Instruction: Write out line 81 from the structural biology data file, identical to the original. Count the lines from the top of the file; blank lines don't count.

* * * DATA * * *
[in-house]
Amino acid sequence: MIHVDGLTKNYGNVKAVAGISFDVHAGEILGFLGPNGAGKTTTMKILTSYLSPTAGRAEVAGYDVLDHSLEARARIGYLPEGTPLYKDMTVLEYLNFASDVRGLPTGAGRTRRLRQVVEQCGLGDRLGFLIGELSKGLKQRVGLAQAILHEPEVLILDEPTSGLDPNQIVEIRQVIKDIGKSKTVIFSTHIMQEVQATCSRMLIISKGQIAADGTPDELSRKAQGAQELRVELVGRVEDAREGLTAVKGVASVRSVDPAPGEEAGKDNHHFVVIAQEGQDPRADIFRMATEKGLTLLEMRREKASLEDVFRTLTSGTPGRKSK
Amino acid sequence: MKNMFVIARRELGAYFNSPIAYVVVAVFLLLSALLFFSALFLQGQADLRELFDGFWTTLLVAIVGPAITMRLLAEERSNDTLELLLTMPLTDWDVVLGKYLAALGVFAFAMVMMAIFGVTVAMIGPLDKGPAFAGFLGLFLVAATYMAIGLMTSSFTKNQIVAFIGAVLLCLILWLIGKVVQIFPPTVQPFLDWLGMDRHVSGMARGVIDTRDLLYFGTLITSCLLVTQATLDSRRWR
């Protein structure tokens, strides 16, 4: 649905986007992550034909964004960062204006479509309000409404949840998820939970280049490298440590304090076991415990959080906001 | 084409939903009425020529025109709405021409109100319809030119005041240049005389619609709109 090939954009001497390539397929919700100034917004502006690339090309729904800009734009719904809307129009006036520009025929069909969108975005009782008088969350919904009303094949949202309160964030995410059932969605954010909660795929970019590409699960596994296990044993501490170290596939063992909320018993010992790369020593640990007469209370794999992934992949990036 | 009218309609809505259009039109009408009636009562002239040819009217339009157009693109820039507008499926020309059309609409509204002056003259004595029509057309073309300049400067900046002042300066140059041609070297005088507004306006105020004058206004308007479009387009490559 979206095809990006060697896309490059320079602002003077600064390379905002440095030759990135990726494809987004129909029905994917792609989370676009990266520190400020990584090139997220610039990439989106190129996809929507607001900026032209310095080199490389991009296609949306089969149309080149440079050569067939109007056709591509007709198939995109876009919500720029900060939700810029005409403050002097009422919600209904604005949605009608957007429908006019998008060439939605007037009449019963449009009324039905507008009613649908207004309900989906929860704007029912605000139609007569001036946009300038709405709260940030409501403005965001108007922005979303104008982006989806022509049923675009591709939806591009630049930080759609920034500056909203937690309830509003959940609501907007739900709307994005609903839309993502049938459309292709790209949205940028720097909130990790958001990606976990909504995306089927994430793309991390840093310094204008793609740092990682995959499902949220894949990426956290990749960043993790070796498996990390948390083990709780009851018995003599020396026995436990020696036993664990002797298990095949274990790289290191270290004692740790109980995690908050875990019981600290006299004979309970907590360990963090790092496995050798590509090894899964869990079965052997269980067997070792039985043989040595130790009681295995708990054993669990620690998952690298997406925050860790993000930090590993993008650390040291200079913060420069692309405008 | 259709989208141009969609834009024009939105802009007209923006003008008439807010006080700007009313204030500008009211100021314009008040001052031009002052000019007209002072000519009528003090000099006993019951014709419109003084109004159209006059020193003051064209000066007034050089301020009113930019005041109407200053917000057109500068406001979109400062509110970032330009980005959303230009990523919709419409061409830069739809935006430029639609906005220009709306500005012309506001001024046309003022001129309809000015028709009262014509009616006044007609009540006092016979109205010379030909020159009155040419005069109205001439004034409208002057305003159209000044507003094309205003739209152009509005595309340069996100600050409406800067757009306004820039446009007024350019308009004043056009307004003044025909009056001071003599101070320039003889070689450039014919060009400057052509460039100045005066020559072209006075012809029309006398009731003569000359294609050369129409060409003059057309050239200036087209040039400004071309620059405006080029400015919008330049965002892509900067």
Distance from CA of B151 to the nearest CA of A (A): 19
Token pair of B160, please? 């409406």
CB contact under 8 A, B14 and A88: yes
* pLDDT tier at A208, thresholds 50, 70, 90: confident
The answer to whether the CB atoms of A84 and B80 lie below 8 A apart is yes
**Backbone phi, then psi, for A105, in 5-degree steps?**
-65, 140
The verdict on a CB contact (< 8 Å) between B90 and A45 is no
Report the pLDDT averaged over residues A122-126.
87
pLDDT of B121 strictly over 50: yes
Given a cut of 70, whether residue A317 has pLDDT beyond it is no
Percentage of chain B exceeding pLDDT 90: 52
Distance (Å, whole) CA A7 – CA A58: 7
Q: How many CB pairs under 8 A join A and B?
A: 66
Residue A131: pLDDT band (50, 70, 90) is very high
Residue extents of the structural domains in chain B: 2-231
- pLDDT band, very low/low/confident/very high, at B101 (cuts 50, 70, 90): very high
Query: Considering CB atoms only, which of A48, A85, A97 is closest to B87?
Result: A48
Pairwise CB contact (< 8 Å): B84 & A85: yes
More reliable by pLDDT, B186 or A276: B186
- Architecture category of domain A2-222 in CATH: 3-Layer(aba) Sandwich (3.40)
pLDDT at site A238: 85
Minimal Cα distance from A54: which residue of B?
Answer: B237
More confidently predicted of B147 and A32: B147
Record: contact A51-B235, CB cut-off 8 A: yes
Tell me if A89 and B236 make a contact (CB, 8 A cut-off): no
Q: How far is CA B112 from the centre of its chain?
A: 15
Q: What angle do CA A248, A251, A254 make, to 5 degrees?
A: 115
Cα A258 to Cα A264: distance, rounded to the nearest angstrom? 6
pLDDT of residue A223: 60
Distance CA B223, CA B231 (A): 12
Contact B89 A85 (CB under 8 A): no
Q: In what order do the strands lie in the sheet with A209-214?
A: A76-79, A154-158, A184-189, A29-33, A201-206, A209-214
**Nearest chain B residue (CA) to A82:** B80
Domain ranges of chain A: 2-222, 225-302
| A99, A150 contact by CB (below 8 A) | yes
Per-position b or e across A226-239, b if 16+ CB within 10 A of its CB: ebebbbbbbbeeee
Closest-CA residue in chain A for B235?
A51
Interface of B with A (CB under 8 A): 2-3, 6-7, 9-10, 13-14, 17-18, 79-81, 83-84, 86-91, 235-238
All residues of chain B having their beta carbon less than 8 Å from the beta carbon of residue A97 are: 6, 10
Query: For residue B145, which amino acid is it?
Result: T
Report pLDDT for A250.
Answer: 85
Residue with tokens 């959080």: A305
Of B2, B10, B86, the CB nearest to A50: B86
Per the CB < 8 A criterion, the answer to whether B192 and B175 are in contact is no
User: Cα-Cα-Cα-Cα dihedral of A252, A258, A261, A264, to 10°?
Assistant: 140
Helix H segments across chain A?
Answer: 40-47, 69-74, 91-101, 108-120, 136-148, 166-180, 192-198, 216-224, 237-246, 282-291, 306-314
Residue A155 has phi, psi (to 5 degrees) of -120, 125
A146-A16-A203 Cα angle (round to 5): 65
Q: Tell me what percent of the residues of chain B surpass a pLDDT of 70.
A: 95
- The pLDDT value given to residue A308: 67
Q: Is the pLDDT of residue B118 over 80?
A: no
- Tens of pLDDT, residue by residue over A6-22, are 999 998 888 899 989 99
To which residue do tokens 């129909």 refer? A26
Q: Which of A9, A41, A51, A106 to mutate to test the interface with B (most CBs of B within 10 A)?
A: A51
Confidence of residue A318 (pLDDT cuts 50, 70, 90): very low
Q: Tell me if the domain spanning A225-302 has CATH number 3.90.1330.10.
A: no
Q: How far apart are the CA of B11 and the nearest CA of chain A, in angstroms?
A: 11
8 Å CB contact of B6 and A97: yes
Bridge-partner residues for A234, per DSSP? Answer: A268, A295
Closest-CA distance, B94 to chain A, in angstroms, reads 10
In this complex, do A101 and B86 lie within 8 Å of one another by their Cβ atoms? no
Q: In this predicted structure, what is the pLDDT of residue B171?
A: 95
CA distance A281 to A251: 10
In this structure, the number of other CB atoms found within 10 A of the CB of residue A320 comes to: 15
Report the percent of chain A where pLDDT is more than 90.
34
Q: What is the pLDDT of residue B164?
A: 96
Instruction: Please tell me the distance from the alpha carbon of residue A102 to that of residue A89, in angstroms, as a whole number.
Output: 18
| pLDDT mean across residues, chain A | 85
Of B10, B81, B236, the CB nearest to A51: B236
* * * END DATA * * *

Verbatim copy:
Bridge-partner residues for A234, per DSSP? Answer: A268, A295